Traditionally, a witch or wizard’s Pensieve, like their wand, is buried with them, as it is considered an intensely personal artefact; any thoughts or memories left inside the Pensieve are likewise interred with their owner, unless he or she has requested otherwise. The Hogwarts Pensieve, however, belongs not to any individual but to the school. It has been used by a long line of headmasters and headmistresses, who have also left behind their life experience in the form of memories. This forms an invaluable library of reference for the headmaster or headmistress of the day.

  The Hogwarts Pensieve is made of ornately carved stone and is engraved with modified Saxon runes, which mark it as an artefact of immense antiquity that pre-dates the creation of the school. One (unsubstantiated) legend says that the founders discovered the Pensieve half-buried in the ground on the very spot where they decided to erect their school.

  The name ‘Pensieve’ is a homonym of ‘pensive’, meaning deeply, seriously thoughtful; but it also a pun, the ‘sieve’ part of the word alluding to the object’s function of sorting meanings from a mass of thoughts or memories.

  If you wanted to explore the castle forever and ever, you’d need to get hold of the Philosopher’s Stone. Before it was destroyed, obviously. But did you know that the stone has a history outside the wizarding world?

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  THE PHILOSOPHER’S STONE

  J.K. Rowling’s thoughts

  I did not invent the concept of the Philosopher’s Stone, which is a legendary substance that was once believed to be real, and the true goal of alchemy.

  The properties of ‘my’ Philosopher’s Stone conform to most of the attributes the ancients ascribed to it. The Stone was believed to turn base metals into gold, and also to produce the Elixir of Life, which could make you immortal. ‘Genuine’ alchemists – the forerunners of chemists and physicists – such as Sir Isaac Newton and (the real) Nicolas Flamel, sought, sometimes over lifetimes, to discover the secret of its creation.

  The Stone is variously described as red and white in the many old texts in which it appears. These colours are important in most accounts of alchemy, and are often interpreted as having symbolic meaning.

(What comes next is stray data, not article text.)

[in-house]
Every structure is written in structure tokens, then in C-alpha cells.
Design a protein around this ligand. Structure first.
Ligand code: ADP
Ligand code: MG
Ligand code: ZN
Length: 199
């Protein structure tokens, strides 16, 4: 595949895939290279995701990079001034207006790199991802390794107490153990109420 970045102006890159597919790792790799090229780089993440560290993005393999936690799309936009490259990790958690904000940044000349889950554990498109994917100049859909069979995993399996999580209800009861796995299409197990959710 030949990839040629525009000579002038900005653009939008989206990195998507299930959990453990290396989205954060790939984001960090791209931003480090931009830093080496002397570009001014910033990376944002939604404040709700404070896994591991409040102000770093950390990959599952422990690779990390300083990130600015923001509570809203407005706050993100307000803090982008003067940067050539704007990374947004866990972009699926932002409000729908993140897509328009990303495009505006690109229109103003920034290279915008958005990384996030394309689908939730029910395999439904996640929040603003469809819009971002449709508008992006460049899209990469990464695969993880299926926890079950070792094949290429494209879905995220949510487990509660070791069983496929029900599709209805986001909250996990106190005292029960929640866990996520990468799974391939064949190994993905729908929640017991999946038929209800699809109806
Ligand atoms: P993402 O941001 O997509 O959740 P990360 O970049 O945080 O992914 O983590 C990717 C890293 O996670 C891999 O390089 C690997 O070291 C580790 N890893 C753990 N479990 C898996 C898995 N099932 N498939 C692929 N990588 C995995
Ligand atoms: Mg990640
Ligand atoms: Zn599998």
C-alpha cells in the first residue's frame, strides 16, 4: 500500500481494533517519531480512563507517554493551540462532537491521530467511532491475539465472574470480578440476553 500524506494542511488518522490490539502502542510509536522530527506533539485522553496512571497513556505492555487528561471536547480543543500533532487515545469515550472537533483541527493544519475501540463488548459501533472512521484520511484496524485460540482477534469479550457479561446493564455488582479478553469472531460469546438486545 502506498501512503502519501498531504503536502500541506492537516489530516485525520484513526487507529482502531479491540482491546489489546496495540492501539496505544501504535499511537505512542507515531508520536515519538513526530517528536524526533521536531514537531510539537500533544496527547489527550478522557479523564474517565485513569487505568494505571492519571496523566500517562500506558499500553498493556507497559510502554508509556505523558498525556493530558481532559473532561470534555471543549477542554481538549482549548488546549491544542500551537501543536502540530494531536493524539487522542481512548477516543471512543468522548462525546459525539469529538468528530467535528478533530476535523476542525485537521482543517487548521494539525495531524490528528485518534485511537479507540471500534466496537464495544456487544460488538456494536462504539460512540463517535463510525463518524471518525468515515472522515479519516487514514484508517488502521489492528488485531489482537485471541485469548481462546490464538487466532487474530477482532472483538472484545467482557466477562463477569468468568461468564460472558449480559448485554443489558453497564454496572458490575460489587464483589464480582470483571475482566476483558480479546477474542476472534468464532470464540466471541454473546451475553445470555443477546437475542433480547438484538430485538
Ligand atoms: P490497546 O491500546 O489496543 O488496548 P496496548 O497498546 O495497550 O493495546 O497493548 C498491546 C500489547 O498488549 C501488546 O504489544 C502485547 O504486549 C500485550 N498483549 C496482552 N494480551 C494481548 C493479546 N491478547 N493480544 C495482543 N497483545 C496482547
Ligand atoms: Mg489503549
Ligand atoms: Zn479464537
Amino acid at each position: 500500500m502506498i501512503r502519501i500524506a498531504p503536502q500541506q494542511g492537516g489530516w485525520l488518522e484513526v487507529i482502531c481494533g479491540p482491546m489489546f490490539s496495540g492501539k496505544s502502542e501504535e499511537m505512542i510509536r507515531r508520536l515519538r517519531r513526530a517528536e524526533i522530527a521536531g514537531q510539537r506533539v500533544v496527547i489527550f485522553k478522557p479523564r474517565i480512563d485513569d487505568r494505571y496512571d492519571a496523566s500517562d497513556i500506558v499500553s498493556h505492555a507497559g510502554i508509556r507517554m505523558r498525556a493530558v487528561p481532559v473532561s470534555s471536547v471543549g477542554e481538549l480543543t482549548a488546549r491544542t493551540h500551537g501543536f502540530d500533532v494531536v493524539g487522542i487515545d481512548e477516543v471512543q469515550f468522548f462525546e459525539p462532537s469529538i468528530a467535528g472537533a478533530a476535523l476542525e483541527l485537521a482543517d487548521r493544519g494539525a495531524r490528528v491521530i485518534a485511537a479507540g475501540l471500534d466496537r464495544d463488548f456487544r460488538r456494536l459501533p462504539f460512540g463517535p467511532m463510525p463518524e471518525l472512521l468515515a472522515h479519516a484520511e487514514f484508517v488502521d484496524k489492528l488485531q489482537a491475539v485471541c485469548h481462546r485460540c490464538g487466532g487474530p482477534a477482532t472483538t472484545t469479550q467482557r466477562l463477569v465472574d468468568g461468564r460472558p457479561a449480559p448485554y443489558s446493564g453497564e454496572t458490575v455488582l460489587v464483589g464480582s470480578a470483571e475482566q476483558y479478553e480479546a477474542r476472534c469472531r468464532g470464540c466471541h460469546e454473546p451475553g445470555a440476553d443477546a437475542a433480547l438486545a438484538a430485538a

The Philosopher’s Stone isn’t the only mysterious artefact to appear to Harry in his hour of need. The sword of Gryffindor was goblin-made and studded with rubies, and was once owned by Hogwarts founder Godric Gryffindor. It was the appearance of the sword that appeased Harry’s doubts as to whether he was a true Gryffindor or not – as Dumbledore pointed out, ‘Only a true Gryffindor could have pulled that out of the Hat, Harry.’

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  THE SWORD OF GRYFFINDOR

  BY J.K. ROWLING

  The sword of Gryffindor was made a thousand years ago by goblins, the magical world’s most skilled metalworkers, and is therefore enchanted. Fashioned from pure silver, it is inset with rubies, the stone that represents Gryffindor in the hour-glasses that count the house points at Hogwarts. Godric Gryffindor’s name is engraved just beneath the hilt.

  The sword was made to Godric Gryffindor’s specifications by Ragnuk the First, finest of the goblin silversmiths, and therefore King (in goblin culture, the ruler does not work less than the others, but more skillfully). When it was finished, Ragnuk coveted it so much that he pretended that Gryffindor had stolen it from him, and sent minions to steal it back. Gryffindor defended himself with his wand, but did not kill his attackers. Instead he sent them back to their king bewitched, to deliver the threat that if he ever tried to steal from Gryffindor again, Gryffindor would unsheathe the sword against them all.

  The goblin king took the threat seriously and left Gryffindor in possession of his rightful property, but remained resentful until he died. This was the foundation for the false legend of Gryffindor’s theft that persists, in some sections of the goblin community, to this day.

  The question of why a wizard would need a sword, though often asked, is easily answered. In the days before the International Statute of Secrecy, when wizards mingled freely with Muggles, they would use swords to defend themselves just as often as wands. Indeed, it was considered unsporting to use a wand against a Muggle sword (which is not to say it was never done). Many gifted wizards were also accomplished duellists in the conventional sense, Gryffindor among them.

  Much like a magic wand, the sword of Gryffindor appears to be almost sentient, responding to appeals for help by Gryffindor’s chosen successors; and, similar to a wand, part of its magic is that it imbibes that which strengthens it, which can then be used against enemies.

  J.K. Rowling’s thoughts

  There have been many enchanted swords in folklore. The Sword of Nuadu, part of the four legendary treasures of Tuatha Dé Danann, was invincible when drawn. Gryffindor’s sword owes something to the legend of Excalibur, the sword of King Arthur, which in some legends must be drawn from a stone by the rightful king. The idea of fitness to carry the sword is echoed in the sword of Gryffindor’s return to worthy members of its true owner’s house.